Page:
Ordinary Obsessions

When I left eating disorder treatment I wanted to love myself and my body. Love, not just like. Not just tolerate, put up with, make-do. I wanted to look in the mirror and smile at the person standing there, feel that that was someone worth being. Turn around, do a twirl, and love the me-ness reflecting out.

I was 18 and I’d been in out-patient treatment for a year. I’d been to countless assessments and therapy sessions, cried in front of various stern professionals, and grudgingly, bite by painful bite, I’d put the weight back on. I was crawling back to wellness. But it had been worth it. When my body had enough energy to power it, the world didn’t feel like quite such a fearful place. I began to venture out, to open my mouth, smile and rekindle the friendships my illness had tossed aside.  Something warm began to grow in me.

When the clasps of this monster started to loosen, I felt like I could finally see the full extent of the horror I’d led myself into. The scars on my limbs, the downy hair that now grows permanently from my cheeks, my back and chest.  The dull ache in my fragile, calcium-deficient bones. The feeling of grief for the younger-me began to turn into an anger. Why had being thin, being ‘beautiful’ been so important that I had risked my life and hurt so many others for it? I felt desperately sad for everyone else still stuck in the pain I had felt. I wanted to lash out at the world that had planted such ideas in my head. I was a born-again body-confidence evangelist. Working Saturdays in a local book-shop I felt a surge of rage at the shelves in the ‘health’ section.  Filled with tones of empty promises for the perfect figure and the perfect life; through a few simple dietary instructions. Why should we sell so many of these ugly things, when we didn’t have a single copy of ‘Lolita’, or ‘Oranges Are Not The Only Fruit’? But there was a demand that kept the books in stock.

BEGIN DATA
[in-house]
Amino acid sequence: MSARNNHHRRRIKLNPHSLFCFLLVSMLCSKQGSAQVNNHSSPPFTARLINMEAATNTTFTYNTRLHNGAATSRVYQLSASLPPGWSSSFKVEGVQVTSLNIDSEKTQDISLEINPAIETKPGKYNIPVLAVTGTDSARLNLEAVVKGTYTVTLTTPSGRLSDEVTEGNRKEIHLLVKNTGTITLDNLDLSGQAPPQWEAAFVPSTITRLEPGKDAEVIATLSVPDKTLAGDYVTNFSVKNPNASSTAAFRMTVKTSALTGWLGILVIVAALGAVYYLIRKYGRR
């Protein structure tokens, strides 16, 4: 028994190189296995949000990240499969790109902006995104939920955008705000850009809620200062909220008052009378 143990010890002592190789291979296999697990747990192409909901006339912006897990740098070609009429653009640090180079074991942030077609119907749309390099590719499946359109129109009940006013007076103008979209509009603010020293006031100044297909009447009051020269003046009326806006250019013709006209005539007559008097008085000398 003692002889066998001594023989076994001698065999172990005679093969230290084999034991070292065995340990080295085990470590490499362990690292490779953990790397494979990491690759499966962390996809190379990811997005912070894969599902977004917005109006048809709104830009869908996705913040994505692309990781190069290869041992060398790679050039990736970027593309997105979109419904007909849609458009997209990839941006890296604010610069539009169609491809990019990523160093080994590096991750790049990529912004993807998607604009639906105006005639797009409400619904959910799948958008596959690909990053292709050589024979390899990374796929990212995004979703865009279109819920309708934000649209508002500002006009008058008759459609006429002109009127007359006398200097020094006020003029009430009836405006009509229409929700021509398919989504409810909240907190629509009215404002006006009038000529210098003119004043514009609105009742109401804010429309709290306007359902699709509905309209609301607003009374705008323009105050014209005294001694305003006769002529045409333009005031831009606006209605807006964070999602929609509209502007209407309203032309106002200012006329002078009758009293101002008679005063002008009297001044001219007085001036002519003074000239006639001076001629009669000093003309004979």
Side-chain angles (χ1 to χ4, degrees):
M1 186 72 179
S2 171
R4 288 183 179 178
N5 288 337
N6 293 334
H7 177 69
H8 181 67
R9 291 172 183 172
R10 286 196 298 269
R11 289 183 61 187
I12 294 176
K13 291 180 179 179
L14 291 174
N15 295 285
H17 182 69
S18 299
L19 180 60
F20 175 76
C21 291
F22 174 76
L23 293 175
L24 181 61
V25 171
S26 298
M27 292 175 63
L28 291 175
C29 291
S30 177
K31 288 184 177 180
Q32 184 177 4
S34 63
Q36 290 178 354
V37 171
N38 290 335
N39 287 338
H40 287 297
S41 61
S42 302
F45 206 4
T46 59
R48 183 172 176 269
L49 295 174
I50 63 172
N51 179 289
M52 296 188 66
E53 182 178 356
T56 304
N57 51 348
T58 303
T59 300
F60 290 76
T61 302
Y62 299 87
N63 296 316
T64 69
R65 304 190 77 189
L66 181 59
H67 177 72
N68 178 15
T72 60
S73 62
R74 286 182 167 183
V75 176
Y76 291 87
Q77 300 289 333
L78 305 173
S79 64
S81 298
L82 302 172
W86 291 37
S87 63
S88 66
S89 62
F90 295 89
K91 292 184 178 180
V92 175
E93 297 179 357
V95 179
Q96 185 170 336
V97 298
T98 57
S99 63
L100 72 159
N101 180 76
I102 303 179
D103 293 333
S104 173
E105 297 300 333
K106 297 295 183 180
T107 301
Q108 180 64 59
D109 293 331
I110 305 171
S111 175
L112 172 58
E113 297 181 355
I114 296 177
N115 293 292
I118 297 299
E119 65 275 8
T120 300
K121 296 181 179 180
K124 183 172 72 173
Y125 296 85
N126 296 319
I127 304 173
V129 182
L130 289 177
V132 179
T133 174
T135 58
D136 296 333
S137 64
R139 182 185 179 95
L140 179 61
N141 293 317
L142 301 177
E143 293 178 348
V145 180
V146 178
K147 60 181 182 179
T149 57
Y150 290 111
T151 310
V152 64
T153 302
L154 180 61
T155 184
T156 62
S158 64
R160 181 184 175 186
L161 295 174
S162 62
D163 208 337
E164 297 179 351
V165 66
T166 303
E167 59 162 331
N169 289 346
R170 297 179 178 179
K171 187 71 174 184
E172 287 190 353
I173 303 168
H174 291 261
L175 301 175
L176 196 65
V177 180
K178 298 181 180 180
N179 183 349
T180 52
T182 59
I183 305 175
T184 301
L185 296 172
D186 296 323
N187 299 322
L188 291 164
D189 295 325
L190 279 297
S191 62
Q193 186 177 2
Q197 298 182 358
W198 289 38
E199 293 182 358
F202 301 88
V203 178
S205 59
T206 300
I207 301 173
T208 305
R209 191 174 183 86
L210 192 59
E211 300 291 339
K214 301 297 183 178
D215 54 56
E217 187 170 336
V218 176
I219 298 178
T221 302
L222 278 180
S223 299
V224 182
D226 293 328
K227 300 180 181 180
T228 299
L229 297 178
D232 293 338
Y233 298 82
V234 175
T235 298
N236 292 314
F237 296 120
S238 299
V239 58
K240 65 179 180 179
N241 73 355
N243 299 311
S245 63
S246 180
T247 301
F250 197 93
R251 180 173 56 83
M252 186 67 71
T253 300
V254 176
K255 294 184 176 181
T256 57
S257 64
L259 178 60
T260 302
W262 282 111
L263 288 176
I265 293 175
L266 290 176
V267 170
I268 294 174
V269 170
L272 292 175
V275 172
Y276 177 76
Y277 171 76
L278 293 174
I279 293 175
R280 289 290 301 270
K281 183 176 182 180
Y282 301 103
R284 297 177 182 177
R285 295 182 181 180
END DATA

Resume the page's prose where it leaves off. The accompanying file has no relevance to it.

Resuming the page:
At the eating disorder clinic, there were no fashion or gossip magazines in the waiting room. Only rather dull publications on gardening, interior design and current affairs. At the time I found this rather patronising, that they feared that a photo of a supermodel would be so wretchedly triggering that I wouldn’t be able to bare it. But looking back on it, I think about how they’d tried to keep the clinic a safe space, away from the blare of the appearance-obsessed media. A rare haven away from the storm. It was a token-effort, but I can appreciate it.

In treatment you learn that ‘normal’ people do not keep their bodies at an unhealthy weight, or go to such extremes to lose and maintain weight. The dietician gave me a plan of ‘normal’ eating, with three balanced meals a day, plus snacks in between. ‘Normal’ people feel hunger, and then they eat. And they’re able to stop eating when they’re full. And then they carry on with their day. ‘Normal’ people do not wake up in the middle of the night sweating because they dreamt they went downstairs and ate everything in the fridge. ‘Normal’ people do not burst into tears when trying on jeans in Topshop.

Off I went back into the world, left home and went away to University. Grown-up life beckoned. Like a debutante, I was being taken into society for the first time. I’d suffered from depression and problems with my eating for so many of my teenage years; it felt as if I’d missed a crucial chunk of my development and I was ready to catch up. I threw myself into things, joining different organisations and societies, out every night, meeting as many new people as I could. I was busy and buzzing, but I couldn’t help notice that the ‘real’ world didn’t quite tally up with the impressions my therapists had given me.